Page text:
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Development and Implementation of Geofoveation (GeoF)

English title Development and Implementation of Geofoveation (GeoF)
Applicant Çöltekin Arzu
Number 120434
Funding scheme Project funding
Research institution Geographisches Institut Universität Zürich
Institution of higher education University of Zurich - ZH
Main discipline Information Technology
Start/End 01.01.2009 - 31.12.2010
Approved amount 95'475.00
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All Disciplines (4)

Information Technology
Other disciplines of Earth Sciences
Education and learning sciences, subject-specific education

Keywords (7)

Geovisualization displays; 3D visualization; Human-computer interaction; Foveation; Area of Interest Management; area of; interest management

Lay Summary (English)

Lay summary
This project aims at developing novel concepts, models and methods inspired by human visual system (HVS) and at implementing these in visualization of geographic data. When HVS's limitations are taken into consideration, it becomes evident that a great amount of detail is not perceived by humans for a variety of psycho-physiological reasons. Current computational geovisualization processes rely on well-established algorithms to remove redundant or irrelevant information to overcome hardware and/or bandwidth limitations, and much research has been done in this area. However, the biological limitations of HVS are not exploited or integrated into geovisualization displays. To understand the potential of HVS-inspired approaches, we start by looking into biological and optical foundations of fovea and the lens system, as well as stereoscopic vision. In doing this we start our work with a concept called foveation. Foveation is a computer vision method that produces a non-uniform display, typically by degrading the resolution on peripheral regions where human visual acuity is compromised by nature. These displays typically depend on having a modality (e.g., an eye tracking device, or a user-input location) to determine viewers' gaze point (point of interest (POI)) in the scene. They are often termed as gaze contingent displays (GCDs). Within the initial stages of the project a concept called geofoveation is being developed, exploring the potential of foveation in geovisualization domain (GeoF). Within GeoF, a generic model of foveation is explored for all kinds of geographic data displays. We further expand our approach by combining foveation with depth of field (DoF) simulation in a three-dimensional (3D) space for stereoscopic 3D geo-visualizations, because in this particular area data can be especially large. Within this project, we develop an extended and improved mathematical model of foveation for stereoscopic geo-GCDs based on previous research. Following this stage, a test bed will be implemented which takes both raster and vector geographic data formats as input, processes them to create gaze-dependent foveated visualizations on mono- and stereoscopic displays (GeoF II). To validate our approach, testing and comparison of the new algorithms and existing approaches will follow the implementation of the test bed. In summary, within (GeoF and) GeoF II, we focus on finding ways to better manage large geographic information visualizations, especially for low-bandwidth scenarios.
Direct link to Lay Summary Last update: 21.02.2013

Responsible applicant and co-applicants


Associated projects

Number Title Start Funding scheme
132805 Development and Implementation of Geofoveation (GeoF II) 01.01.2011 Project funding
149670 Vision to visualization: Improving computational and human performance with highly realistic three-dimensional geographic visualizations by means of biomimicry (VISDOM) 01.09.2014 Project funding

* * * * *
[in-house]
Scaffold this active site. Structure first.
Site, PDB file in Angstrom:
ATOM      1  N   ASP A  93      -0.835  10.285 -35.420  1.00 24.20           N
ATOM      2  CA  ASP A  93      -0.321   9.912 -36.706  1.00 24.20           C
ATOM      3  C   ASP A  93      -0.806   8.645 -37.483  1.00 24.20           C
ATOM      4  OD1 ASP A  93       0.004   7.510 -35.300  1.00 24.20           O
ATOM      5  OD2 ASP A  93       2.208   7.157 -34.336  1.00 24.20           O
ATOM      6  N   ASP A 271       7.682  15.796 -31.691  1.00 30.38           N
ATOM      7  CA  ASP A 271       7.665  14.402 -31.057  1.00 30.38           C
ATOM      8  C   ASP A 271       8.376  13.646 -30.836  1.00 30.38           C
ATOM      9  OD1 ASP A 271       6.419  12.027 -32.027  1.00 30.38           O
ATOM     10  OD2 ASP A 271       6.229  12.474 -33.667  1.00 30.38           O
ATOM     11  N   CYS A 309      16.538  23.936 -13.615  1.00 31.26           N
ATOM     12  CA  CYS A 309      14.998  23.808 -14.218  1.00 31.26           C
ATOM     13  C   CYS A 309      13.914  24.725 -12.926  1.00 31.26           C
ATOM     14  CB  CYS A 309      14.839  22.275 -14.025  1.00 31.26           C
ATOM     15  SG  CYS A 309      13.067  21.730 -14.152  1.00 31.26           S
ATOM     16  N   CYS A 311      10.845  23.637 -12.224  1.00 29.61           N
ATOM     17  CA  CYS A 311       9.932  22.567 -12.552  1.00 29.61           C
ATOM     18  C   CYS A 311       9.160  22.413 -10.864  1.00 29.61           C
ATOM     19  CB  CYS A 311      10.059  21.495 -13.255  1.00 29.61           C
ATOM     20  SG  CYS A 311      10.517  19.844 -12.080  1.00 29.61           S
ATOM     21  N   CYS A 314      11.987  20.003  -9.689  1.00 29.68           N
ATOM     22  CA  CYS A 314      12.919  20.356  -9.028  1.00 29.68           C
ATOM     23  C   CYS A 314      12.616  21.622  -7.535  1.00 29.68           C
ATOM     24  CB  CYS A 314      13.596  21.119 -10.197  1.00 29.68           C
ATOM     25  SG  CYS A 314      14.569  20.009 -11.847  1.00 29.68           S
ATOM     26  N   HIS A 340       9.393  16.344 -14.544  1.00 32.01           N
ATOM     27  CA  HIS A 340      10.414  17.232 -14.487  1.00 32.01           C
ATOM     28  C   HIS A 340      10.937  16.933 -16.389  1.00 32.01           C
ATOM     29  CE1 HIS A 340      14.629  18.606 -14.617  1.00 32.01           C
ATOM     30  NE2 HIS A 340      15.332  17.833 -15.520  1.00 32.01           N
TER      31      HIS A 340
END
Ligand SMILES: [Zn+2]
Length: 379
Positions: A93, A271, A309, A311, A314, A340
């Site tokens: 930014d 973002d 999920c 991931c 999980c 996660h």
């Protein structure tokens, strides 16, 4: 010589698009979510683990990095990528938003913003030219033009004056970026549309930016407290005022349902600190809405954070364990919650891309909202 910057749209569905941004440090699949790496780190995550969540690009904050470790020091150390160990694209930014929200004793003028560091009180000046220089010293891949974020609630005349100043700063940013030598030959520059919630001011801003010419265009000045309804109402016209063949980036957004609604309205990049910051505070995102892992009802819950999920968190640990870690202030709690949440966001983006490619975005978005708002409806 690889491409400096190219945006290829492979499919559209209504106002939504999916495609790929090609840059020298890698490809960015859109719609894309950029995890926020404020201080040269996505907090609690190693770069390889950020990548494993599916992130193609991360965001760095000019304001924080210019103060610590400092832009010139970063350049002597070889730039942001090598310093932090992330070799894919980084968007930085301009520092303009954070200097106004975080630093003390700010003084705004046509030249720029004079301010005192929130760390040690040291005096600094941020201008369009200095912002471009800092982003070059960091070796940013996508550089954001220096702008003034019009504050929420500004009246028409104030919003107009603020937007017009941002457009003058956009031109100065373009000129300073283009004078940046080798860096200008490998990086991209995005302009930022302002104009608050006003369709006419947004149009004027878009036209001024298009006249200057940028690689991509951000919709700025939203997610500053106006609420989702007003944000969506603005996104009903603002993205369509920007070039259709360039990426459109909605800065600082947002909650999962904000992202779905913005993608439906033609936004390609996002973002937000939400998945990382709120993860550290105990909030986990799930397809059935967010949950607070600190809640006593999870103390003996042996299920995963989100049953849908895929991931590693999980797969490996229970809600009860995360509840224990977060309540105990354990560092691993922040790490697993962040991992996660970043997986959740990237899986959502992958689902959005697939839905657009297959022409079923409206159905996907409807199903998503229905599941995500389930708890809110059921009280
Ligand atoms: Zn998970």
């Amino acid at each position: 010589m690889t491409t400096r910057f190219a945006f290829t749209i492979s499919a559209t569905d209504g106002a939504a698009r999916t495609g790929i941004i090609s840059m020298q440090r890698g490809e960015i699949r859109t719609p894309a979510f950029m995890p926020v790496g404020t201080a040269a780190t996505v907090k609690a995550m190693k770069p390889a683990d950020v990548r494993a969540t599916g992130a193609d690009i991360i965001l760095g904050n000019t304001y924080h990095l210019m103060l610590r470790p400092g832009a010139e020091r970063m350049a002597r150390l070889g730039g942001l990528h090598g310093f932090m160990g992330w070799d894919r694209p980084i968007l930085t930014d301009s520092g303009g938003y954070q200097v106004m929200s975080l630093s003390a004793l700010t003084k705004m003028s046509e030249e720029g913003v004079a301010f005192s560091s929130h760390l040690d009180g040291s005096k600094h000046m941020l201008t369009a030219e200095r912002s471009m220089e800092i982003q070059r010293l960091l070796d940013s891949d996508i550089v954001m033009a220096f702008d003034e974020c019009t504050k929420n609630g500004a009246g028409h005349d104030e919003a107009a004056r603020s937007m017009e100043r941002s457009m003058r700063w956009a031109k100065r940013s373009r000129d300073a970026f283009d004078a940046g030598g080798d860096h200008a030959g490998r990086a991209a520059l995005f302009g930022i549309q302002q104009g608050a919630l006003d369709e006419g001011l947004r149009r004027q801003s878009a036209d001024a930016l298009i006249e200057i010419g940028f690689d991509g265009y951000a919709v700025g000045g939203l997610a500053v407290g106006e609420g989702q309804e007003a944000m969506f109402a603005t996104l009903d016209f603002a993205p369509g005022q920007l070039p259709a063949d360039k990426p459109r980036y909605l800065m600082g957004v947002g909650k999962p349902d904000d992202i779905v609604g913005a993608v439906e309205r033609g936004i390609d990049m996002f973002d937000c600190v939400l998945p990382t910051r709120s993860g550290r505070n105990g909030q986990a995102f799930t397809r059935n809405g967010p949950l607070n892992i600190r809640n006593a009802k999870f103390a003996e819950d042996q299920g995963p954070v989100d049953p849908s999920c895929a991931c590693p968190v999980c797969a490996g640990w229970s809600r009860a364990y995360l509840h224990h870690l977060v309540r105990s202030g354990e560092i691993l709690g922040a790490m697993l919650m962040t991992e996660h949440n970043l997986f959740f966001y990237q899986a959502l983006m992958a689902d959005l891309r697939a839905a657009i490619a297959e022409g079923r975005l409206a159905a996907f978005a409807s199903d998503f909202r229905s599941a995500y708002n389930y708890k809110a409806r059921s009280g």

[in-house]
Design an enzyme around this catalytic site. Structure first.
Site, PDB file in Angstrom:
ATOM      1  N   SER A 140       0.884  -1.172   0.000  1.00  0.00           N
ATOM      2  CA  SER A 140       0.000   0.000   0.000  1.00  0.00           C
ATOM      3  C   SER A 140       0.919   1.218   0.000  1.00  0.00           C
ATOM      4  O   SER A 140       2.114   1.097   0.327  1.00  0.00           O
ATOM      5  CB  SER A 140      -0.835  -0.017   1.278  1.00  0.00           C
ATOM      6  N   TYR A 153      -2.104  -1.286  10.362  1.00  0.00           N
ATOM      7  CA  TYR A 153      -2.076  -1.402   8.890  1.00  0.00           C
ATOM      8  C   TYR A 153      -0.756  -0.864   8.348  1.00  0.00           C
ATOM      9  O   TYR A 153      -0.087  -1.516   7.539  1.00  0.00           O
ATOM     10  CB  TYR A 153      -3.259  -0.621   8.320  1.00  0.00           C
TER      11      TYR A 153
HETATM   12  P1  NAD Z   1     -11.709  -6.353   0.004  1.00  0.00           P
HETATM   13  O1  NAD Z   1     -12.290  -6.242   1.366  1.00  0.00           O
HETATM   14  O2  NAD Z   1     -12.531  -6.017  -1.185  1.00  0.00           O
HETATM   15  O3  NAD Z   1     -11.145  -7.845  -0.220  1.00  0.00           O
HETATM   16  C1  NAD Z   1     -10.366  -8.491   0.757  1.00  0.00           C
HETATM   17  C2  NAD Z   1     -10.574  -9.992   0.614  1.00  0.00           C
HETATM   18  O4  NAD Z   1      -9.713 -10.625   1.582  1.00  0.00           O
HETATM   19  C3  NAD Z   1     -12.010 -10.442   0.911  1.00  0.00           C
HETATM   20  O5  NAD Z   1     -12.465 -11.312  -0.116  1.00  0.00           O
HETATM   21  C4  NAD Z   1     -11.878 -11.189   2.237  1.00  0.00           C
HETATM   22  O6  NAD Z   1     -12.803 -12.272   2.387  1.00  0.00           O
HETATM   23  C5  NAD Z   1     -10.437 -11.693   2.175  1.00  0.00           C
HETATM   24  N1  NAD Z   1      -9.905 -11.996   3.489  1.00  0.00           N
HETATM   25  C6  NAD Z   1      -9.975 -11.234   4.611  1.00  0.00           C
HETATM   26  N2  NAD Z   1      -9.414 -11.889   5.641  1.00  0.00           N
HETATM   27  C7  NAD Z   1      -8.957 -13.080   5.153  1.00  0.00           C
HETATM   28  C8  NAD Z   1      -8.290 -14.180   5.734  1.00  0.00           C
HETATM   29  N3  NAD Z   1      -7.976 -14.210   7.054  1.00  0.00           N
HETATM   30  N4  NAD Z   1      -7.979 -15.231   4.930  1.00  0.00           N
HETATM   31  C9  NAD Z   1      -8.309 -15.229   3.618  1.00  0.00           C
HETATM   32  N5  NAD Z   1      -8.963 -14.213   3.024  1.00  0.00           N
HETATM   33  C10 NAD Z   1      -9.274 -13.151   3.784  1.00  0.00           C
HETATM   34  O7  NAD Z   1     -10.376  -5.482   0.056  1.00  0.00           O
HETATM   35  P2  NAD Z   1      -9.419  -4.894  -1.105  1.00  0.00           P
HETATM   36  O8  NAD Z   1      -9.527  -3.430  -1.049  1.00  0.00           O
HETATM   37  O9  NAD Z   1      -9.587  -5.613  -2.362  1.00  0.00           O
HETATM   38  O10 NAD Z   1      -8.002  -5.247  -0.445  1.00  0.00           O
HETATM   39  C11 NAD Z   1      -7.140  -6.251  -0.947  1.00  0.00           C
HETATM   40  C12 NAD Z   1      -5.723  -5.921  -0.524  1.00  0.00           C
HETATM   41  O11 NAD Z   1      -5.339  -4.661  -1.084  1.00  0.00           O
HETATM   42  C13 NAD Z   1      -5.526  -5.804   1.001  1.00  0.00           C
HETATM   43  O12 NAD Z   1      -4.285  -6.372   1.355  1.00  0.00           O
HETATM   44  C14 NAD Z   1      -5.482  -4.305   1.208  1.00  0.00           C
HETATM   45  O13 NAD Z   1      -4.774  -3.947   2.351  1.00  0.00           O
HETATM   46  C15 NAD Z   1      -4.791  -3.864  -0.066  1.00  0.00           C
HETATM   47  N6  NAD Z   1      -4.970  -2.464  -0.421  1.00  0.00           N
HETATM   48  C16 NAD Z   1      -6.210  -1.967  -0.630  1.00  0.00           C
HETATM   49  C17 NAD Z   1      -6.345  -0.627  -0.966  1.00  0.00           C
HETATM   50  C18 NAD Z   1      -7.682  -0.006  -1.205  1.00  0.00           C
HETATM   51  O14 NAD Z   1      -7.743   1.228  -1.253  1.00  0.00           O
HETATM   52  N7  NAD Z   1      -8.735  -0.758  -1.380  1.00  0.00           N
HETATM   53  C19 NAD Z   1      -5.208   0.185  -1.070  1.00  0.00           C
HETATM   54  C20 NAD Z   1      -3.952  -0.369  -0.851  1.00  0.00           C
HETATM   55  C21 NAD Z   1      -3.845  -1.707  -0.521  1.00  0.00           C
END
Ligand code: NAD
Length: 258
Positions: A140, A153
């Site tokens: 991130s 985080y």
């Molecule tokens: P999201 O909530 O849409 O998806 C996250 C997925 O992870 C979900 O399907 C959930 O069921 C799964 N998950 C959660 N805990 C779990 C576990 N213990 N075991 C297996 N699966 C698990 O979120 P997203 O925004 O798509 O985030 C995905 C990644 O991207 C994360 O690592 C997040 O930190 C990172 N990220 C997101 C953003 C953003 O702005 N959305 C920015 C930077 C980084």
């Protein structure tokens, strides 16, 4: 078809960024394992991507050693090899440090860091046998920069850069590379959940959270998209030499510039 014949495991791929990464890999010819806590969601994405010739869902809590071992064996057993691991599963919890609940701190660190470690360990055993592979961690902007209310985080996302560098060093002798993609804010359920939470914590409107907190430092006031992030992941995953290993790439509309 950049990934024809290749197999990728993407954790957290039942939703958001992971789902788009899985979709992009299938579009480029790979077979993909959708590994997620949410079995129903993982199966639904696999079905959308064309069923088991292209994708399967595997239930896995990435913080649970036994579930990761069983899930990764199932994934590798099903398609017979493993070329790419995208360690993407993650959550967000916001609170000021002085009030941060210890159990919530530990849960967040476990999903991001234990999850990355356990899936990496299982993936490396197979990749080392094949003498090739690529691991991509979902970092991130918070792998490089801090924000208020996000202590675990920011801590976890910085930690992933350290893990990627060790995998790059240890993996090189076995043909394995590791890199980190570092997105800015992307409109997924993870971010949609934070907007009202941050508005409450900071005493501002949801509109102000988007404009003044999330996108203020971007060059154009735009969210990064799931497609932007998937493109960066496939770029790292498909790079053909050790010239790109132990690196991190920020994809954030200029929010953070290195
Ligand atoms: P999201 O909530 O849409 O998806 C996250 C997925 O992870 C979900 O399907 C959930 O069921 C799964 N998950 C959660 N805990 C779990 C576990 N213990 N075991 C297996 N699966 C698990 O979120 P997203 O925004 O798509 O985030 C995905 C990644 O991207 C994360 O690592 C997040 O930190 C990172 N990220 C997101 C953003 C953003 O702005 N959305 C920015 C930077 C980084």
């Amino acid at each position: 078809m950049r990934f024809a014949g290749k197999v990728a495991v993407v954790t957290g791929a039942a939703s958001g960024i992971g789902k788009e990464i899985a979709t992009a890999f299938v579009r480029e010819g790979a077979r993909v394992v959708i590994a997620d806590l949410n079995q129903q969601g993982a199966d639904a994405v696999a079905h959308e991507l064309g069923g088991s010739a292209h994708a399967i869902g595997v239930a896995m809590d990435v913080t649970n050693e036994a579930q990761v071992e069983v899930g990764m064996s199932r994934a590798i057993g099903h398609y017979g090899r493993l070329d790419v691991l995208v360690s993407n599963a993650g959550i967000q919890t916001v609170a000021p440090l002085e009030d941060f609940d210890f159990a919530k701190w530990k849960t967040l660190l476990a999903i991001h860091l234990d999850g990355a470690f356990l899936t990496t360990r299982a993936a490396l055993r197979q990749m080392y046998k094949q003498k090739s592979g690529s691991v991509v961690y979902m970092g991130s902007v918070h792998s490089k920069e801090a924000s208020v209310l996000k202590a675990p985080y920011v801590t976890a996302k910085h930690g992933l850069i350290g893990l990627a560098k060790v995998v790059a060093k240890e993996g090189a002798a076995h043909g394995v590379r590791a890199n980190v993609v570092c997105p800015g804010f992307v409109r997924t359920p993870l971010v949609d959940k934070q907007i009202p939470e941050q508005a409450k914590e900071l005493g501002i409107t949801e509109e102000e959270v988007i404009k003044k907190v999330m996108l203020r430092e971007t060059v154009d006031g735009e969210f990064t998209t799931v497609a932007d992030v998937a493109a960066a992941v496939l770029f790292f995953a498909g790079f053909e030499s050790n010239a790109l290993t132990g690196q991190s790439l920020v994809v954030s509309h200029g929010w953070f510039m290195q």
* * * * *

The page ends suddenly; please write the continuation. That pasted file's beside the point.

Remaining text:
We request funding for two PhD students during three years to work on developing a visualization method of geospatial data displays (geofoveation) and empirically testing the viewer response to foveated displays. While the approach will be generic to geovisualization, the particular focus will be on three dimensional (3D) stereoscopic displays.Geospatial datasets, e.g. maps, terrain and city models, are essentially large and they require intelligent data management techniques. The increased popularity of network based services for way finding -both on the Internet and on the mobile devices- calls for further attention to this need to manage the limited bandwidth. We are continuously forced to think of better ways to manage large datasets. Managing computational resources, that is, saving processing power by rendering what is perceptually relevant (and therefore, also coping with bandwidth limitations better) for geovisualization displays is one of the two major motivating points for this proposal. While a number of advanced computer graphics methods deal with complex scene management, such as view frustum/visibility culling, view-dependent rendering, mesh simplification, level of detail management and foveation, there is room for improvement for better perceptual models with a focus on stereoscopic 3D and geospatial datasets. The second major motivating factor of this project is to find out a number of human factors involved in foveating a scene. While foveation is an established technology, in particular peripheral resolution degradation as a compression method, there is little empirical work to document what happens when we place the foveated scenes in front of people. Other researchers have studied whether viewers notice the compression in the periphery or not further tests are essential to test the implied cognitive benefits, especially in 3D as simulating depth of field may have significant benefits to health problems associated with 3D viewing experience.We are motivated by earlier research and literature to propose that geofoveation would be an effective data management system for handling computational resources for geovisualization and that it would be cognitively superior to its alternatives. While these are highly educated guesses, we need to test them and see if they are as promising as they sound. In this investigation, the research will be formed around the following objectives:- Finding out the particular issues regarding the current geovisualization data management techniques and framing these into a set of criteria to develop a 3D geofoveation model, followed by a method. This would be possible by improving the previously published stereo-foveation model of the principle investigator. The research question would be “How can we best adapt the current foveation research into 3D geovisualization?”. - Finding out what are the human factors involved in foveated displays, and measuring the user response to test the cognitive adequacy of the method. More specifically, we would focus on validating whether or not the stereo foveated displays provide additional viewing comfort in people who suffer from virtual simulator sickness because of vergence focus conflict. In other words the research question is “Do foveated displays deliver what they promise?”. Main outputs are expected: Knowledge integration from separate but complementary fields (theoretical), documentation of the current geospatial data management methods (survey), a new method to manage geospatial visualization displays (development), and a most valuable empirical analysis (experimentation) of a technology that is projected to provide cognitive advantages and improve the viewer comfort. The emerging model(s), method(s) and the validation of them through empirical surveys will bring original contributions to the knowledge in the geovisualization and human-computer interaction domains.